After ten years of consideration, Nepal has decided to outlaw solitary hiking, effective April 1, 2023. The outdoor community has mixed feelings about the decision.

Why would the government do that? the safety of trekkers and tourists in Nepal’s isolated areas, as well as the additional objective of creating more employment for residents. The Nepal Tourism Board (NTB) stated in a release that the new measure “will generate jobs for employees in the tourist industry of Nepal in addition to safety.” Originally, a path pass and a Trekkers’ Information Management Systems (TIMS) badge were all that was required to set out on one’s own. TIMS cards will no longer be provided to trekkers who are not joined by a guide, according to the NTB, and those who intend to walk alone with a guide (as opposed to joining a bigger party) must pay the increased fee of $15 USD for their TIMS card.

With the controversial disappearance of a hiker from Belgium in 2012, talk of this new mandate first gained traction, and it has since picked up steam. Nearly a dozen hikers are reported missing in the nation each year, and there is an entire website devoted to missing trekkers in the mountain kingdom. The action is intended to reduce expenses connected with emergency attempts as well as, ideally, increase pedestrian safety. Mani R. Lamichhane, head of the NTB, claims that even the government is unable to locate visitors who go missing or are discovered deceased.

Many people are hopeful that this requirement will increase the availability of certified guides and laborers who are familiar with Nepal’s beautiful but dangerous terrain, thus increasing job possibilities. This will create close to 40,000 employment in Nepal and deter unlicensed hiking activities, according to Niraj Shrestha of Kathmandu-based Snow Cat Travel, a trekking company. The cost of a guide in Nepal can range from $20 to $50 USD per day on more common routes to up to $100 to $200 USD per day on more specialized journeys, such as those in Mustang or Dolpo, close to the Chinese border, where infrastructure is constrained, security is a greater concern, and permits are more difficult to obtain.

How the ruling will be implemented across the nation is rife with uncertainty because, in spite of this “national” prohibition, some areas have preeminent local authority. For instance, the town determines the requirements and costs for hiking in the Himalayas area. It is also uncertain whether the new regulation will include day walks around the city and paths near popular tourism destinations like Pokhra as “trekking.” Locals are excluded from the regulation, based on their acquaintance with the topography and culture, but sources on the ground like Shrestha question why it still applies to outsiders who reside in Nepal and know it well. This ruling will apply to routes like the renowned Annapurna circle.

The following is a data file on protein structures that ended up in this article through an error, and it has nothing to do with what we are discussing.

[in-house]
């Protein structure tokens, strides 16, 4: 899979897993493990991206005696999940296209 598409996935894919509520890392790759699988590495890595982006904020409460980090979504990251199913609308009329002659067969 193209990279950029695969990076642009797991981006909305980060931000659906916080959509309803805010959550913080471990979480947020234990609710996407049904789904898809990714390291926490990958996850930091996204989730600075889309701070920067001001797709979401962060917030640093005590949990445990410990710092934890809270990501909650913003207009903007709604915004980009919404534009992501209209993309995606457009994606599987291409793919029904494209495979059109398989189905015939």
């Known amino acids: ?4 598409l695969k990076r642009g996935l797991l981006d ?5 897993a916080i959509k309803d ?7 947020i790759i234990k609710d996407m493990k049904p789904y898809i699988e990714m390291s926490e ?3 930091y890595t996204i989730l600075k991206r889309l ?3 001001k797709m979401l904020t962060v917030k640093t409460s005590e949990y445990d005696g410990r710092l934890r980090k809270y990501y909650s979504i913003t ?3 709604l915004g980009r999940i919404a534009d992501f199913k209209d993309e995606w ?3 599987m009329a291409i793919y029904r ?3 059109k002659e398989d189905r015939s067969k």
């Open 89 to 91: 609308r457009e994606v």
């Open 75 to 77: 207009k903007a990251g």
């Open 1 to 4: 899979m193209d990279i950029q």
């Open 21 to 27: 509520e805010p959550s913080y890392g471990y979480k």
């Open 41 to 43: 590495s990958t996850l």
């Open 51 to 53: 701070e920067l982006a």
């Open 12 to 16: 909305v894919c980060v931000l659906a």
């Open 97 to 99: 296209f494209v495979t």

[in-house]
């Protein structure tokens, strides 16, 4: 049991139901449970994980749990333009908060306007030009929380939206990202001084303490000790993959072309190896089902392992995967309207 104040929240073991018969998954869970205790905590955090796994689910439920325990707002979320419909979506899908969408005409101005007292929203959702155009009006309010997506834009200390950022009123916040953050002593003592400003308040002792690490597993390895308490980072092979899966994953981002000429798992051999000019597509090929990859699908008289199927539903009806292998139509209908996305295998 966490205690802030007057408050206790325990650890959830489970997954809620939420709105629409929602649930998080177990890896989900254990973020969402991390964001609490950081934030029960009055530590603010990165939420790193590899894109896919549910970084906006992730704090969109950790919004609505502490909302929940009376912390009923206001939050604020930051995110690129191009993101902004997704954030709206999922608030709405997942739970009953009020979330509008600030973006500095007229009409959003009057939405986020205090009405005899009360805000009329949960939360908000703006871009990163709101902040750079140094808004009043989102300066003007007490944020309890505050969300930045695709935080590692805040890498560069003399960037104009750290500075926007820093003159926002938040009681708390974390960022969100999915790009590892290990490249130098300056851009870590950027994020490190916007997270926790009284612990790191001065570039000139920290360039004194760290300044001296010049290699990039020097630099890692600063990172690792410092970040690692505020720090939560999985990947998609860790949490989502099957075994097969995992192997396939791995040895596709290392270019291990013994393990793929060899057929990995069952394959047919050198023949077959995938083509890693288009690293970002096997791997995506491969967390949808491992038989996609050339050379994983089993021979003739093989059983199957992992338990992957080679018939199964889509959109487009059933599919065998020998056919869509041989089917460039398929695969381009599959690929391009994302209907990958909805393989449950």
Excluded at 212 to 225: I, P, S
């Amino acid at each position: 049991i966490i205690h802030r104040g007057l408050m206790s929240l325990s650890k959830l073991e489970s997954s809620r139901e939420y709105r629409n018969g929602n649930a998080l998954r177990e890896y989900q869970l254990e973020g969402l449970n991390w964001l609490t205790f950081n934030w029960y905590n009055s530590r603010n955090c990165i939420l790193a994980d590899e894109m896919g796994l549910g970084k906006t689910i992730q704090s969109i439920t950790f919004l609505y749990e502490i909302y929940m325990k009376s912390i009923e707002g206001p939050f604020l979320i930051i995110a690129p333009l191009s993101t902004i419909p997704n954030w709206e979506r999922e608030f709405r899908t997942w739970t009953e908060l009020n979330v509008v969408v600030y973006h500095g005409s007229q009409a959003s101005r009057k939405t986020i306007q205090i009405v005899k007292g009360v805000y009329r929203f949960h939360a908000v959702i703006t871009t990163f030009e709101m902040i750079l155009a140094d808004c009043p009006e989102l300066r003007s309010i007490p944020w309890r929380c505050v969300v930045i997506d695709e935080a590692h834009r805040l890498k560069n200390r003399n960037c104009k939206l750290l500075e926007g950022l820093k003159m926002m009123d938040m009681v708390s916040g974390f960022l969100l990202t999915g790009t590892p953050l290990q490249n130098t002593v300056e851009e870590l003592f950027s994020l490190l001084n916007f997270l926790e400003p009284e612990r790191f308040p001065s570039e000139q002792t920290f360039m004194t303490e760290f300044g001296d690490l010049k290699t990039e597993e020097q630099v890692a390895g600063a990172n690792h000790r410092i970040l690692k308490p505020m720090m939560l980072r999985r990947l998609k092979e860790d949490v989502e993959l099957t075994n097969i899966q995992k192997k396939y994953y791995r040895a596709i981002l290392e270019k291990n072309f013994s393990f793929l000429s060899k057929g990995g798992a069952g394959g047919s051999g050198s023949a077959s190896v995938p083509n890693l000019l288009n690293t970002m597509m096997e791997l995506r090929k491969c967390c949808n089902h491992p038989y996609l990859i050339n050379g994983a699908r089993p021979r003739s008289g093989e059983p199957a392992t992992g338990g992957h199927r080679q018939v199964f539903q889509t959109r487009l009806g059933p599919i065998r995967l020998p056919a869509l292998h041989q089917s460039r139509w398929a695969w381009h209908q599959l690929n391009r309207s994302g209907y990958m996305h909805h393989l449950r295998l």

Although it is intended to increase safety, some female trekkers are wary of the idea of traveling alone with a stranger in the woods. The trail racing specialist and high-altitude mountain guide behind Nepal Trail Series, Preeti Khattri, 32, hopes the ban is lenient. There are many locations near Kathmandu that are ideal for solitary treks, and other areas offer reasonably simple multi-day excursions, according to Khattri. “I hope that this is not a total prohibition and some accommodations are made, particularly so women can travel and appreciate one of the best mountain locations for them,” the letter reads. “While it is essential to be with an experienced guide in challenging territory.

Of course, solitary walkers aren’t the only ones who experience disappointment. Nearly 46,000 hikers climbed alone in Nepal in 2019 just before the shutdown. This figure reflects the proportion of tourists that Nepal might lose to nearby countries like India, where such restrictions are not in force.

After all, not all trekkers who go it alone are inexperienced or looking to save money. Many people enjoy going at their own speed through the mountains, savoring the isolation and feeling of independence it offers. According to writer and ardent Himalayan trekker Michael Benanav, “I hope they can find some middle ground between hikers’ safety and their freedom to appreciate the mountains. “Having a guide could be beneficial, but based on the path and the hiker’s experience, not definitely.

For the time being, travelers to the Himalayas who are compelled to follow the new law may find chance in engaging a guide who encourages links with not only the mountains but also the people and culture that make the Himalayas what they are.

Excellent aides to hire for your journey in Nepal
Everest Luxury Lodges trek and the Forbidden Kingdom Mustang trail are just two of the custom programs that Snow Cat Travel offers, with prices starting at $2,200 USD per person for about 10 days. A special highlight of Snow Cat Travel frequently includes stays along the route at their painstakingly restored rural homes, a treat for heritage lovers.

The cost is based on the experience, with prices per hike or activity averaging $20 to $30 USD. Community Homestays curates hiking programs with a focus on homestays and distinctive cultural experiences, such as learning to write the ancient Newari script with bamboo or taking a cooking class with your Tharu tribe host.

With an entry-level 10-day trip costing $1,095 USD per person, Chhewang Lama of Responsible Treks focuses in his native country, the isolated Dolpo area, which is famous for its resident snow leopards.

Anticipate a blend of cultural sites and meditation workshops, all under the guidance of a trail running coach, as Preeti Khattri arranges high-altitude trekking and camping for women through Nepal Trail Series in addition to managing athlete training and trail running events (Check their calendar for upcoming offerings and prices, which vary.)

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